First off, there is nothing unusual about President Tsai’s drop in popularity. It is almost inevitable that soon after entering office, heads of state will be hit on the head with the reality of running a country and experience a drop in popularity, especially if their support was very high to begin with.

In reality, the 25 percent drop in support for President Tsai cannot, contrary to what the author argues, be “summed up in one word: China.” In fact, it can be summed up in not one but two words: not China. Like anywhere else, what contributed to President Tsai’s support levels are primarily domestic matters, from a stagnant economy to urban renewal, broken promises on same-sex marriage to lackluster Cabinet appointments, labor issues to the New Southbound Policy that increasingly doesn’t sound so new — in other words, the regular stuff of regular countries.

But no, we won’t have any of that; this doesn’t fit the story. Legitimate sources of discontent won’t do. So it’s back to China, the great determiner of things, the center of gravity for the Taiwanese.

“Suspicious that Tsai’s Democratic Progressive party, which also won control of parliament, harbors a pro-independence agenda, Beijing suspended official and back-channel talks with its ‘renegade province’ and shut down an emergency hotline.”

If I’m reading this correctly, we are to infer that Beijing’s shutting down of some channels of communication with China has contributed to President Tsai’s — new as president but certainly not, as a former head of the Mainland Affairs Council, to dealing with China — drop in popularity. That conclusion can only be logical if we subscribe to the notion that the Taiwanese are obsessed with China. How could they not want Taiwan to be talking to it! Catastrophe!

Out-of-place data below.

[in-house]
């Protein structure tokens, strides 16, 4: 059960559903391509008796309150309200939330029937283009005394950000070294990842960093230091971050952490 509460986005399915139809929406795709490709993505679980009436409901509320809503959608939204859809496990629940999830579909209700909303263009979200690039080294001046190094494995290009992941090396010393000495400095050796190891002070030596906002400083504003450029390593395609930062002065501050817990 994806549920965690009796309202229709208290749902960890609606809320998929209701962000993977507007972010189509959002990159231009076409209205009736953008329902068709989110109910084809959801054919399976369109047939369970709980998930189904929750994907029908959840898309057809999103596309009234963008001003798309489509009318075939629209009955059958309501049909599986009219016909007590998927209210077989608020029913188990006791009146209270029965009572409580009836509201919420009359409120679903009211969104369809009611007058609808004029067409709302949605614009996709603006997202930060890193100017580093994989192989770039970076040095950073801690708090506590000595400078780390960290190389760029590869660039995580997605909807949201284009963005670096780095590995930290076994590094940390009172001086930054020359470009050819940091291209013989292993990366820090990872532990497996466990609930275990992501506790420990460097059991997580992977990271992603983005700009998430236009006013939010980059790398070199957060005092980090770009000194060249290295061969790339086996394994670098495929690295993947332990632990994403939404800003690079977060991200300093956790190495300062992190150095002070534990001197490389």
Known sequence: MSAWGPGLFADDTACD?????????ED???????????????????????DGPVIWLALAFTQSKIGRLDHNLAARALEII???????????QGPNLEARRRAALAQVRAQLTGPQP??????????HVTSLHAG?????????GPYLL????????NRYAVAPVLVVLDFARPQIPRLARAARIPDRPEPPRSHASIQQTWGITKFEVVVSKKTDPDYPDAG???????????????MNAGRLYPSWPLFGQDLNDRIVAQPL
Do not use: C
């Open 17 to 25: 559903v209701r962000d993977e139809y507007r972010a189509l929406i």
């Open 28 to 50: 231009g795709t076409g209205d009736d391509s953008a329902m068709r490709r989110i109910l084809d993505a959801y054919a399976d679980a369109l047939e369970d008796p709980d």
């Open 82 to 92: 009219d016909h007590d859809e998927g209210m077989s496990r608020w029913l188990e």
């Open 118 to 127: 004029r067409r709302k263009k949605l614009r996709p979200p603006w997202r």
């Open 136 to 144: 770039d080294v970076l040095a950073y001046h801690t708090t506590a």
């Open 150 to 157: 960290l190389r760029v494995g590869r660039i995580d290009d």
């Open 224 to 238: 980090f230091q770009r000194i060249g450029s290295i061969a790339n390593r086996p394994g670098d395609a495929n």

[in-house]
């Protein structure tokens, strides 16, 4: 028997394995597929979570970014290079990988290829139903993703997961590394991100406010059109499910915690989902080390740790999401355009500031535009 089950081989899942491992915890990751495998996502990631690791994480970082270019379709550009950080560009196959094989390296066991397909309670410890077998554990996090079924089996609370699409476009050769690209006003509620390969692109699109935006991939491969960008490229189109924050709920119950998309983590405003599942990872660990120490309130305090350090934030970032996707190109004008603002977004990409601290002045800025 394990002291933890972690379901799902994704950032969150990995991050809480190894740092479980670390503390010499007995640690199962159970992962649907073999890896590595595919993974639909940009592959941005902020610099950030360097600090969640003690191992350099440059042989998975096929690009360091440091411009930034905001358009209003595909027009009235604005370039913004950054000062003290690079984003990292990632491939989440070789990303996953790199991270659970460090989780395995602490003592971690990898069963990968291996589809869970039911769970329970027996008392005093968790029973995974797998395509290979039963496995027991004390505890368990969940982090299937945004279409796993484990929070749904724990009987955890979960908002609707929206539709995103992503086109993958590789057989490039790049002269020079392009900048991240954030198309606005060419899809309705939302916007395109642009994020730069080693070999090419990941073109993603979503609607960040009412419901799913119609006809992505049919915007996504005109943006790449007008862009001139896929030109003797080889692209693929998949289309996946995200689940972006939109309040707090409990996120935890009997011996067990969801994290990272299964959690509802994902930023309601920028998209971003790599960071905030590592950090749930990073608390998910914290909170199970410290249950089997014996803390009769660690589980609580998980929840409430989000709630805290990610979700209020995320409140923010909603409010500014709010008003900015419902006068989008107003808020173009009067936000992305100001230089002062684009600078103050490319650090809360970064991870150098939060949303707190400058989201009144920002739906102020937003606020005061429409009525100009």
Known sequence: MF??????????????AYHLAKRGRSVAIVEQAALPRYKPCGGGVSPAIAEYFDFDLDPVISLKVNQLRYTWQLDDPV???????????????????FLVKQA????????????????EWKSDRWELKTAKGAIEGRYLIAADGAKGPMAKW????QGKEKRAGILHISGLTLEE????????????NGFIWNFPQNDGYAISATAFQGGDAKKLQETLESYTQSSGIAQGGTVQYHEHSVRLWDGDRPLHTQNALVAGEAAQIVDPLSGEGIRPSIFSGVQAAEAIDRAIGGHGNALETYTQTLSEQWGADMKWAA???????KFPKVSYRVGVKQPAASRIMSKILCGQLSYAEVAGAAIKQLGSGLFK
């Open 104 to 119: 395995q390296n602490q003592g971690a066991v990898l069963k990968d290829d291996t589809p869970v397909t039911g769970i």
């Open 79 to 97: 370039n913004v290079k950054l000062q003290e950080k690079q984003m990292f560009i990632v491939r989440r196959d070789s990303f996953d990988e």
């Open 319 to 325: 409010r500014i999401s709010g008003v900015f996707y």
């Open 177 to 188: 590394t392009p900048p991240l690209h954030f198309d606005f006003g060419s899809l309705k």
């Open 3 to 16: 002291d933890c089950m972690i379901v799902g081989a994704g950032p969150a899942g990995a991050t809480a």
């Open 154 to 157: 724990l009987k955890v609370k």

The op-ed continues: “More seriously, for many Taiwanese workers, China also curbed the lucrative tourist trade, which brought millions of mainland visitors to the island during the accommodating presidency of Tsai’s predecessor, Ma Ying-jeou [馬英九]. Cross-strait investment and business have also been hit.”

Naturally, normal and rational people elsewhere would probably be angry at the country that unfairly punishes them for exercising their democratic rights and refusing to be dictated to by a foreign power. But not in Taiwan. Somehow that discontent has to be directed at President Tsai; she is to blame if authoritarian China has decided to act as a 12-year-old schoolyard bully.